According to TMZ, Demi Lovato — who has been open about her struggles with addiction — has been hospitalized in Beverly Hills due to an apparent heroin overdose.
The news comes weeks after the pop star revealed that she had relapsed after years of sobriety in her new single “Sober.”
— Demi Lovato (@ddlovato) June 21, 2018
Addiction is an unfathomable plight for those who suffer from it daily, no matter how long they’ve been clean.
“I wanna be a role model, but I’m only human,” sings Lovato in this powerful, personal ballad. “To the ones who never left me, we’ve been down this road before; I’m so sorry, I’m not sober anymore.” The singer went to rehab in 2010 upon advice from those closest to her. Unfortunately, an addict can only get sober if they desire to; therefore, a relapse was inevitable. In her documentary, Simply Complicated, Lovato recalls that she “wasn’t ready to get sober.” “I was using while I had a sober companion and I went through 20 sober companions. I was either craving drugs or on drugs.”
After that, Lovato lived in a sober house for over a year. In Seventeen’s 2014 August issue, Lovato opened up about her experience living a sober life.
“Since I went to treatment, there have been days when it’s felt really easy, and I’ve felt great about where I am. But then I have moments when it’s not. That’s life. You can’t just take your mind and your body into the shop and get it fixed. It doesn’t come out repaired. It’s not like a car, it takes time — pace yourself. Every day is a new opportunity to change your life and be who you want to be.“
Several of Lovato’s friends, as well as fans, have tweeted messages of support ever since news of her overdose hit the airwaves.
My friend @ddlovato is one of the kindest, most talented people I’ve ever met. Praying for her right now, addiction is a terrifying disease. There is no one more honest or brave than this woman.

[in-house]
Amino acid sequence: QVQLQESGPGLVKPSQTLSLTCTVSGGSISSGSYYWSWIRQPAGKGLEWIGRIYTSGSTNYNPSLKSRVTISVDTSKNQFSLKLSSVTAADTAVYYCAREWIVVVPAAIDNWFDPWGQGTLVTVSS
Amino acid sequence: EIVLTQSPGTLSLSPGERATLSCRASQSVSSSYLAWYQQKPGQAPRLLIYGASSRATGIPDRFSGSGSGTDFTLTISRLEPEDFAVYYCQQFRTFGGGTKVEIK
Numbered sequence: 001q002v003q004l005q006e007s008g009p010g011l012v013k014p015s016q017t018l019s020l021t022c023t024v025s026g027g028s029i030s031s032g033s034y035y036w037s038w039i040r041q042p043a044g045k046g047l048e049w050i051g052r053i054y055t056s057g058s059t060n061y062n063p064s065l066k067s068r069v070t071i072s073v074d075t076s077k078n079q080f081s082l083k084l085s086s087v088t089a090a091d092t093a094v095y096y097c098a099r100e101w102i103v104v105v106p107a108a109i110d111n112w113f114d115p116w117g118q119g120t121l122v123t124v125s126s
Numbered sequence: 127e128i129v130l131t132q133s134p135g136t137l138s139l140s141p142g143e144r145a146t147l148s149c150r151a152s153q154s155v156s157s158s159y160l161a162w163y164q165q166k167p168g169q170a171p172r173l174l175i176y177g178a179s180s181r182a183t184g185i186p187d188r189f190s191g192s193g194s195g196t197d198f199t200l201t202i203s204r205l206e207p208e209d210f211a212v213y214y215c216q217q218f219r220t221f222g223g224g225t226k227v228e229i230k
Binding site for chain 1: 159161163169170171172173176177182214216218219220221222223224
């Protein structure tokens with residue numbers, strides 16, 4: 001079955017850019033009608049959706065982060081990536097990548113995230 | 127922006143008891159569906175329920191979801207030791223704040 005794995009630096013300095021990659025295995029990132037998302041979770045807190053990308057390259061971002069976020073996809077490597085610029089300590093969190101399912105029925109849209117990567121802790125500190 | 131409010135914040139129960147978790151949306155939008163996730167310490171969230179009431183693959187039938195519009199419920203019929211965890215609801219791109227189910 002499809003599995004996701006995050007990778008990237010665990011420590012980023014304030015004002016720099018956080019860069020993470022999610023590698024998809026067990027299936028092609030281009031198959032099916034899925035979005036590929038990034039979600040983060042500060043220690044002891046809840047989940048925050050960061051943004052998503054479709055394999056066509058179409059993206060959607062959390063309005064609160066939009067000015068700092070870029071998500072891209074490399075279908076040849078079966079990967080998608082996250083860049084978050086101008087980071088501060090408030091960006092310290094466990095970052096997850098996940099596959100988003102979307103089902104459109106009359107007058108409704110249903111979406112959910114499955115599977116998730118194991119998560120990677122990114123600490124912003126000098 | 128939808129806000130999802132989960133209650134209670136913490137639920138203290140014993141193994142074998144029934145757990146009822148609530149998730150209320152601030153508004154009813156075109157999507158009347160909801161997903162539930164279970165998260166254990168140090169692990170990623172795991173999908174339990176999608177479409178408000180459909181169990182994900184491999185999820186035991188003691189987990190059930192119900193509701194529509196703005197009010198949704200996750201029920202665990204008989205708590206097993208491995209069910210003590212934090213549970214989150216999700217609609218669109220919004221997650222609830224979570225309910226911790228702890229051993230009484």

— Brad Paisley (@BradPaisley) July 24, 2018
I seriously hope you feel better soon demi, you've been my idol for years and I'm still so proud of you for how far you've come, don't give up the fight 💞 #PrayForDemi #DemiLovato pic.twitter.com/QKhiisF51M
— PrayForDemi (@Elycia_louise) July 24, 2018
Nevertheless, there are many people blaming Lovato’s overdose solely on her since she chose to start doing drugs again, primarily due to the idea that she (like most of the world), is aware of the repercussions.
Addiction isn’t a disease, it’s a choice. You don’t choose to have cancer. But you choose to be addicted to something like heroine
— Zmoney (@RyanZmoney) July 24, 2018
As a society, we should not look down or belittle people who suffer from addiction, especially if we have not been in that position ourselves.
No one can truly understand what they haven’t experienced. Amounting Lovato’s overdose and struggles — someone who is personally unbeknownst to a majority of the population — to a choice is not only disrespectful, it highlights an empathy deficit in our culture. This lack of self-awareness and compassion blurs the world from the reality of addiction: it is an incurable illness and sobriety is a constant, daily battle for all those that are afflicted.
Although some share the Jurassic sentiment that addiction is a “choice” based on free will — addiction of any kind has been acknowledged as a disease by the general medical consensus for many years — after the American Medical Association (AMA) recognized it as a chronic illness in 1987. Addiction is characterized by certain symptoms, just as other illnesses are. Some of the main characteristics of addiction include: